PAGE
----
Monday, February 9, 2015

Cider Review Roundup: Virtue, Slyboro, William, Aspall's, Kettleborough, and Bad Seed

Whew! Back from Cider Con in Chicago (posts coming soon) and covered in yet more snow! Winter is very...real outside of Florida. But it is beautiful and snow days give me unexpected chances to write, so I'll take advantage while I can.  Today I've continued the process of going through my computer, phone, email, etc. to find sets of abandoned cider notes and photos. Since these reviews are varyingly complete or incomplete I though I might share a whole batch of them together.
 
Please consider most of these pictures representative of the appearance and style of the ciders in this post; I'm doing my best to match things up but these are found notes and found pictures from various moments in 2013 and 2014.



Virtue Cider's The Ledbury

http://virtuecider.com

This is how Virtue describes this particular cider, "The Ledbury Cider is an English-style medium cider crafted by Virtue with Tom Oliver. It's not too dry, not too sweet. A blend of old world bittersweet apples and new world heirloom varieties are fermented with native yeast, adding a bit of farminess to the ripe apple nose."

In appearance, this cider is relatively light and just a bit cloudy. It tastes bright and peppery with an almost spicey aftertaste, high tannin high acid, medium level of bubbles; not a lot of body, but would go well with swordfish. Smells like honey. At first, sweet melon, but not too gentle. Interesting and dynamic.





Slyboro's Night Pasture

http://www.slyboro.com/nightcider.php

On the Slyboro website, this is what I could find about their Night Pasture: "Subtly complex, dry, with hints of spice and caramel, made from Golden Delicious, English Bittersweet varieties and Northern Spy apples. Named after our oldest orchard, where earlier farmers once turned out their livestock at the end of the workday. Now a favorite spot for painters, dancers, apple pickers, skiers and red foxes. Serve chilled. 8% alc/vol 0% residual sugar. 750ml"

In appearnce this is very bright and clear; it looks still. While big gulps can allow me to detect a little fizz, this cider basically still as it appears. The Night Pasture tastes lightly but decidedly oaked, not a long finish, super clean. Bright and uplifting but very little acid with medium tannins. It tastes more minerally and stony ot me or like very green underripe grapes. Somehow the whole flavor is green.


William Premium Cider

http://www.lcbo.com/lcbo/product/william-premium-cider/173039#.VNkVhSeIA04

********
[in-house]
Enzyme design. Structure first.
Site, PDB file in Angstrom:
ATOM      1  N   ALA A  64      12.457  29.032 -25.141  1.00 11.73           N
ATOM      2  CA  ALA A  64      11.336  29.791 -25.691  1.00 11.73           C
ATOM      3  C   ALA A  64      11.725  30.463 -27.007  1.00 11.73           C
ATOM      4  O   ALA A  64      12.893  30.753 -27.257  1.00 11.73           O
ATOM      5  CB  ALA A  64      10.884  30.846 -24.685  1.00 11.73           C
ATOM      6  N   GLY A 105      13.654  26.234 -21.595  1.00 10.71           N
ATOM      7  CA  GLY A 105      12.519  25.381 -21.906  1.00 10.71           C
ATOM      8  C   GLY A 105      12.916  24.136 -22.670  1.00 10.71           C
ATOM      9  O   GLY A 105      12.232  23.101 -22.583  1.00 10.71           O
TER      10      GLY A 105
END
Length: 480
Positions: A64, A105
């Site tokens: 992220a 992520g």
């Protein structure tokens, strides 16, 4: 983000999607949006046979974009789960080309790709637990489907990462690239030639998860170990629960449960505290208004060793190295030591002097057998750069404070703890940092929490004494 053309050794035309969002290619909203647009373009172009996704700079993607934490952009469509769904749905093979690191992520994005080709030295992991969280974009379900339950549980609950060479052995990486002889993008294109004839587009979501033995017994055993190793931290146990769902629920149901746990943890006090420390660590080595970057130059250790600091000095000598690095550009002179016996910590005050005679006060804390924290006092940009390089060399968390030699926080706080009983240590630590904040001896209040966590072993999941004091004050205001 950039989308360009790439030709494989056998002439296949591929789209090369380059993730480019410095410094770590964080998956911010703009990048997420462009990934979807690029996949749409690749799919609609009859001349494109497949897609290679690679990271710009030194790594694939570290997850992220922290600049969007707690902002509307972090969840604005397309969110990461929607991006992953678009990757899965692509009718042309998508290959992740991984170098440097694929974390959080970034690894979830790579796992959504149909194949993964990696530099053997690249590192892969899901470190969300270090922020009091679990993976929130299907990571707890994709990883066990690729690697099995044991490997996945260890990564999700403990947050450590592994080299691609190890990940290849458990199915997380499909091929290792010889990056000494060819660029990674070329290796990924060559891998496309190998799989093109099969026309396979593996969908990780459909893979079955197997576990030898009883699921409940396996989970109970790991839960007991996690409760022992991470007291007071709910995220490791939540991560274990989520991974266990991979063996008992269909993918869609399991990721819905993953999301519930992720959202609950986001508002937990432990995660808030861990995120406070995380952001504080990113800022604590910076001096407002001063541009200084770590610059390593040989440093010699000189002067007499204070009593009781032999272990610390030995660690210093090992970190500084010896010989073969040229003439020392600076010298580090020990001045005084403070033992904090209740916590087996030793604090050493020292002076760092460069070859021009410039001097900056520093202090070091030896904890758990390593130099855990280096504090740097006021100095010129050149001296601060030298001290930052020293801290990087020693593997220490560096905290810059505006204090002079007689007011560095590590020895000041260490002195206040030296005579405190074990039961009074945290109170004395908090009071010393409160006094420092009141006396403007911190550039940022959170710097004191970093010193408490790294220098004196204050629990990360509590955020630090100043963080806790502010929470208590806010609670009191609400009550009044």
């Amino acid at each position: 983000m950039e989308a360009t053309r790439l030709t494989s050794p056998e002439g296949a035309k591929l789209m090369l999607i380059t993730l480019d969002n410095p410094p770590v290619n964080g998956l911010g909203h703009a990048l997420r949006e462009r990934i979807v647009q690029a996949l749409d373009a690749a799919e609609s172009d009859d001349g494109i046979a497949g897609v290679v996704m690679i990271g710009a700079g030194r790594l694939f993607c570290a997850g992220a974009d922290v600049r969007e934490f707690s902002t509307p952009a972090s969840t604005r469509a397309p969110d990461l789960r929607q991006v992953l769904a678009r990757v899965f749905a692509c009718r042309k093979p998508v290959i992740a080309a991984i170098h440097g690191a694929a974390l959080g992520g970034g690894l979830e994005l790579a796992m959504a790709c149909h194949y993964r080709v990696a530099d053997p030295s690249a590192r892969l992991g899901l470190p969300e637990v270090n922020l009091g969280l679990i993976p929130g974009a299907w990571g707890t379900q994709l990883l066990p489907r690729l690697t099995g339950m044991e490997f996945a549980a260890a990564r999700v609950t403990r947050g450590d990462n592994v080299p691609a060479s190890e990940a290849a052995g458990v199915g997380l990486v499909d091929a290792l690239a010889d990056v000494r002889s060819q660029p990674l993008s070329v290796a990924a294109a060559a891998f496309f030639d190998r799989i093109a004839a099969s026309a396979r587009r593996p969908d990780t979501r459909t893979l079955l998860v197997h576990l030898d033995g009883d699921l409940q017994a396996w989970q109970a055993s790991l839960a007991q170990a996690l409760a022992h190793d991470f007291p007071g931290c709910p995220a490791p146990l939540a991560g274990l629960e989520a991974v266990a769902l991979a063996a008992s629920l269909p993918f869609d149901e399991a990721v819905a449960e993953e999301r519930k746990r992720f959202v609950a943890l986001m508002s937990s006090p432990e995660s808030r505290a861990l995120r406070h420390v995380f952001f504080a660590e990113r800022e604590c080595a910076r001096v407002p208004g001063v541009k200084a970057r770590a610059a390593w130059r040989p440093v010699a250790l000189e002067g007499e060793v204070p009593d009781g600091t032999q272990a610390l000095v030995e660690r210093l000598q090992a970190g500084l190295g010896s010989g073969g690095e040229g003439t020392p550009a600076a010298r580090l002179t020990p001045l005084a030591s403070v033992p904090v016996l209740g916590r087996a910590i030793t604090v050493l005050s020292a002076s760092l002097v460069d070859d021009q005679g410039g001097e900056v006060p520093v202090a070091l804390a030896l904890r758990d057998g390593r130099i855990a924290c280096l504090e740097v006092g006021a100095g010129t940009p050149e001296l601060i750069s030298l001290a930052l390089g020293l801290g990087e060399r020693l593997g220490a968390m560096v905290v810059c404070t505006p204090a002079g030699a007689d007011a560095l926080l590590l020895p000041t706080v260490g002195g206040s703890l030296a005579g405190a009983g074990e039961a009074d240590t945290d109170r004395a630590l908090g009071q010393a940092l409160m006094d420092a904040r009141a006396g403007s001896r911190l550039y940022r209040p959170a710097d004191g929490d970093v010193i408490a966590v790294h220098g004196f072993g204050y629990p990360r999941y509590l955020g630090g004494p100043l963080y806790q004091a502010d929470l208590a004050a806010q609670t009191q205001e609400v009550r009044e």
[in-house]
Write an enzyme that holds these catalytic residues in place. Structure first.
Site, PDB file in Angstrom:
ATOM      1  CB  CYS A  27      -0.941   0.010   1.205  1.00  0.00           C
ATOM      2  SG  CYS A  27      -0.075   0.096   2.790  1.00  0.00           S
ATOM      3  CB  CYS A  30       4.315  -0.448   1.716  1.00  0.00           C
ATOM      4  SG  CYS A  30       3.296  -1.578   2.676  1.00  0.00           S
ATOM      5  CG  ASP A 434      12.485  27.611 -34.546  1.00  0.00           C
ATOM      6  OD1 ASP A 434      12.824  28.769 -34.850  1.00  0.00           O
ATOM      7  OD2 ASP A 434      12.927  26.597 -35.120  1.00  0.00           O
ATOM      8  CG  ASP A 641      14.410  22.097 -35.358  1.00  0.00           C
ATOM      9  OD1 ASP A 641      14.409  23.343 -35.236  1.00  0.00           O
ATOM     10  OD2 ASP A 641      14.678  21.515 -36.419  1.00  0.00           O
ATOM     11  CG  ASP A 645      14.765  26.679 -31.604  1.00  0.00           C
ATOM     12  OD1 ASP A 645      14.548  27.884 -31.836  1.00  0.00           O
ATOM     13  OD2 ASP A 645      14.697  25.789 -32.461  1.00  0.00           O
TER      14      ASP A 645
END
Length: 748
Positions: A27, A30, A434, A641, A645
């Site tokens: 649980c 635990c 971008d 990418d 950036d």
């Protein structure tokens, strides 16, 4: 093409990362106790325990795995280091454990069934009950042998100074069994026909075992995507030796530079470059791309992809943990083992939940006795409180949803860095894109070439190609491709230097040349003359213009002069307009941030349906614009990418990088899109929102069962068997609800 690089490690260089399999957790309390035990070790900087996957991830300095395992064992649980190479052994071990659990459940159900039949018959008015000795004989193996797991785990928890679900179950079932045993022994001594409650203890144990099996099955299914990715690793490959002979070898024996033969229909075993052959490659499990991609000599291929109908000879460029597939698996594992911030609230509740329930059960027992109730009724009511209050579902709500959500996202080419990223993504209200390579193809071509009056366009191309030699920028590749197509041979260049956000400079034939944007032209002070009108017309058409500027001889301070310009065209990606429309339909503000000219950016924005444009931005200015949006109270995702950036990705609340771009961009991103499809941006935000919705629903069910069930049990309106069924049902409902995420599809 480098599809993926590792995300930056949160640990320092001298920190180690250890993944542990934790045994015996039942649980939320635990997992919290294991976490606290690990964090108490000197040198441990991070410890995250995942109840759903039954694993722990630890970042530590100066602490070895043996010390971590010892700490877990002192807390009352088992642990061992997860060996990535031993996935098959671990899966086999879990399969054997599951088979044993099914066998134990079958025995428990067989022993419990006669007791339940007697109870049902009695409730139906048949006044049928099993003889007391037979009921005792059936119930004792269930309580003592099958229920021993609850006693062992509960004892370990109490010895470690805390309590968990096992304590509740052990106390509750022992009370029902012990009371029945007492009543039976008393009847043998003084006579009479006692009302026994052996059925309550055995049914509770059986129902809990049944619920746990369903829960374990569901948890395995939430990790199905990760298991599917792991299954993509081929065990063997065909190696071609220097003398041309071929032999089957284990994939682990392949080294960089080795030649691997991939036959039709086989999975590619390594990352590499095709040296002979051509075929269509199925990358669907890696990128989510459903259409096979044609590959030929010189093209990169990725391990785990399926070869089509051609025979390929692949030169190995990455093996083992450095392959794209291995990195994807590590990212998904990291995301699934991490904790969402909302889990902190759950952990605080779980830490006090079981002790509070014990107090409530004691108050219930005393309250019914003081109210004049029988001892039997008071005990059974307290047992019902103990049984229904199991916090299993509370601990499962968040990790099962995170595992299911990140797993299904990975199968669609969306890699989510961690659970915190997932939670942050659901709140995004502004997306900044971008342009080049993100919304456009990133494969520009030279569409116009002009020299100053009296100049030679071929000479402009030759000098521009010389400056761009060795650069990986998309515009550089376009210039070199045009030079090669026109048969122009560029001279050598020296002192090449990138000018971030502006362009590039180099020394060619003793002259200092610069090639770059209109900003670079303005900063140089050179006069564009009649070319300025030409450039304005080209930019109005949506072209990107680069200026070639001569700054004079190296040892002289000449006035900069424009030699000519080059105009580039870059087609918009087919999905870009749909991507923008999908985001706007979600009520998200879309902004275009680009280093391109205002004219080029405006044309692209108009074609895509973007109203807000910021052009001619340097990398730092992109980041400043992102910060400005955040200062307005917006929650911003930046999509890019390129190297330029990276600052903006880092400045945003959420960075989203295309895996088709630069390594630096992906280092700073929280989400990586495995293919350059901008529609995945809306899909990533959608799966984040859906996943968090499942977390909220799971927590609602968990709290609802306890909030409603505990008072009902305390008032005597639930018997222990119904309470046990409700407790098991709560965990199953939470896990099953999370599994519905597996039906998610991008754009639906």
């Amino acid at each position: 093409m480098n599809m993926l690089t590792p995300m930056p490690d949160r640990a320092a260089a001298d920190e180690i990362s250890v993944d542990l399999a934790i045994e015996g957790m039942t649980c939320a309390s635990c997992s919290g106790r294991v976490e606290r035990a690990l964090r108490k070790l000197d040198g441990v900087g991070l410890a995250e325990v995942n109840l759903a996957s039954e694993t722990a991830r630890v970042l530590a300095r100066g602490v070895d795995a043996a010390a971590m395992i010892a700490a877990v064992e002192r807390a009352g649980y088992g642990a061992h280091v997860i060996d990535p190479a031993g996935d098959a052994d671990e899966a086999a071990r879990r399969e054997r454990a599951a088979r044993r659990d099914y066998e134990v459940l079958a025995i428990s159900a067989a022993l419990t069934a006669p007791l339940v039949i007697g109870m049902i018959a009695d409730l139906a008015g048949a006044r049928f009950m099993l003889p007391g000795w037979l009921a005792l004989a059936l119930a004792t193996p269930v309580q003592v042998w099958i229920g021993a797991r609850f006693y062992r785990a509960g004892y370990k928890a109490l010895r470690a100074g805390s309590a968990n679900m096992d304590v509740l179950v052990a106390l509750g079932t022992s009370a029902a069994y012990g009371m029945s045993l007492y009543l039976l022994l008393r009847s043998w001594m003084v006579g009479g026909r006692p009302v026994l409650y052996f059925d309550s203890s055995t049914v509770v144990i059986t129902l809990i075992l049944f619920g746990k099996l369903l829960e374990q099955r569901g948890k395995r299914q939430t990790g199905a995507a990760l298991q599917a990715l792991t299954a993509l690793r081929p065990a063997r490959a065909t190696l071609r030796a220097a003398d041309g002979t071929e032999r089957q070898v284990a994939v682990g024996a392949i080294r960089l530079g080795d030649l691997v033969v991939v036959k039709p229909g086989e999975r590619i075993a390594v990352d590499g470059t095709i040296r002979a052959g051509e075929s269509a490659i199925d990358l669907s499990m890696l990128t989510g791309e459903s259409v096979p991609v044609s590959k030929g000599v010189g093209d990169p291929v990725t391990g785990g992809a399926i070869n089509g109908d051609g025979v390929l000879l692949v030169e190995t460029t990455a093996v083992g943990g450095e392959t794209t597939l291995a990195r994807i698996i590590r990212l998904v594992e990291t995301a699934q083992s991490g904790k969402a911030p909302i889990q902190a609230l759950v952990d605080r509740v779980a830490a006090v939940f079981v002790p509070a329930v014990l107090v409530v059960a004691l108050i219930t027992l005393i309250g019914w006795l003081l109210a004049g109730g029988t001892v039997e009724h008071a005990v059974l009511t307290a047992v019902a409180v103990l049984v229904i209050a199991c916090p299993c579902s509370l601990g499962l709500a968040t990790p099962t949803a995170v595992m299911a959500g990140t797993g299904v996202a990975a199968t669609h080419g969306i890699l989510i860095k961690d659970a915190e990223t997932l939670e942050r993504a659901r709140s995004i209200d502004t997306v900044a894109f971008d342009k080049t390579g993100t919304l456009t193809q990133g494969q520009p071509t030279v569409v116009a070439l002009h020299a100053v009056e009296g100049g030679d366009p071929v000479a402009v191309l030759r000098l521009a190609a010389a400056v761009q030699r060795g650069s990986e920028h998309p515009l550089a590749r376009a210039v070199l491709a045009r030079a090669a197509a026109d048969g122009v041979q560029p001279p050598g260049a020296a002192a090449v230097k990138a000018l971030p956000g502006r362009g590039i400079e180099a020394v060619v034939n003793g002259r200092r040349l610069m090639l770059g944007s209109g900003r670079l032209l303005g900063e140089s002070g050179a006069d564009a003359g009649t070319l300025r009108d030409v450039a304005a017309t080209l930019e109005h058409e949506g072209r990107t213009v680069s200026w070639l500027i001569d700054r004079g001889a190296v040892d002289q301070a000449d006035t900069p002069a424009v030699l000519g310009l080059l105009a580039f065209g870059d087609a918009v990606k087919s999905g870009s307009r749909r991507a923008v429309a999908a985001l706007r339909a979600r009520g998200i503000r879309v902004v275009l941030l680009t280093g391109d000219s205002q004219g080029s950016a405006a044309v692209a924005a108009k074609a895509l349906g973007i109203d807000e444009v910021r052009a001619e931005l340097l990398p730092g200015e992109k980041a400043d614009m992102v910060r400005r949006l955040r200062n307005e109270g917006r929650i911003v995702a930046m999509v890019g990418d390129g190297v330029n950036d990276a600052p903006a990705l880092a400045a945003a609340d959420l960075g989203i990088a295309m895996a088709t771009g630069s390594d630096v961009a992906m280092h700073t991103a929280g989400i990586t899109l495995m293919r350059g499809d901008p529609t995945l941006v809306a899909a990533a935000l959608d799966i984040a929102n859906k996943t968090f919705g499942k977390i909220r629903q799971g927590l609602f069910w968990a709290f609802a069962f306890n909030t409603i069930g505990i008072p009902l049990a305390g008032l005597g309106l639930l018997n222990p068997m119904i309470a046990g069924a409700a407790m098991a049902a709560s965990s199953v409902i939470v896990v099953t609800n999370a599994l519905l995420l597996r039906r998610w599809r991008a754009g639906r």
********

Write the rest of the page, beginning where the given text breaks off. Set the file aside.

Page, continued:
This cider has a notably low ABV of 5.2%. It is made in Quebec and sold in cans. The brief official description says this about the William Cider, "pale straw colour; delicate green apple aroma; off-dry, soft spritz with balanced acidity."

I enjoyed the nice burst of bubbles on pouring. Smells like sweetened apple chips. Tastes like a drier caramel apple. Very fruity, semi-sweet, drinkable, easy, and pleasant with tiny note of bitterness like hops or something beery. I tastes it as lemon but two of my companions definitely interpreted this note as more reminiscent of light lager. It tastes like approachable English pub ciders in the best way. This cider doesn't take itself too seriously and is all the better for it. 


Aspall Grand Cru

http://www.aspall.co.uk

I could not find very much information on this cider aside from the fact that the apples used are organic and the ABV is 6.8%.

Lots of funky notes in the aroma make this cider stand out. The taste is similarly sharp, barnyardy, and tannic. I cant taste wood, sweetness and complexity with some phenolic notes that at first tasted just lovely and astringent to me. But once one of my fellow tasters suggested that they reminded him of olive juice, I couldn't get that thought out of my mind. Yes, the tannins and vegetal notes plus sweetness somehow come across like olive juice. Still a great cider though.


Kettleborough Cider House

http://www.kettleboroughciderhouse.com

"Our flagship cider.  Dry Cider is a departure from sweeter run-of-the-mill hard ciders that have always dominated the market. Our Dry Cider is made from a blend of Northern Spy and Granny Smith apples to create a balanced acidity and fresh green apple flavor.  Think 'Dry Apple Prosecco.'  It pairs well with many foods, especially white meats, cheeses, fruits and especially any spice-forward dishes."

Tim Dressel makes this cider in the Hudson Valley of New York. The appearance of this cider surprises me because it looks nearly white in color. The cider smells wonderfully like Northern Spy apples. Cider is very acidic, a little meek but bright. The apple smell seems to presage more than the flavor actually delivers. I get quickly dissolving tannins that give it minerality. One note stands out agressively with lime and tropical fruit.


Bad Seed Dry Cider

http://www.badseedhardcider.com

Here is how Bad Seed rather cheekily introduces their Dry Cider, "Each bottle of Bad Seed Dry Cider is hand crafted in small batches never filtered, bottle conditioned and made from apples grown in the Hudson Valley. A Dry Cider that's really dry. Yeah that's right buttercup this isn't your little sister's sweet cider. What's more, each cider has been carefully tasted, tested, and then tasted again by our cidery team. Lucky bastards!" 

I got a big honey smell that goes positively florid after repeated sniffs. In appearance it looks hazy and light yellow. The Dry smells much sweeter than it tastes. The cider is high tannin with medium aid. It tastes just a little chemically but more than that I taste dry papery pineapple. The mouthfeel has medium astringence and a light body. 

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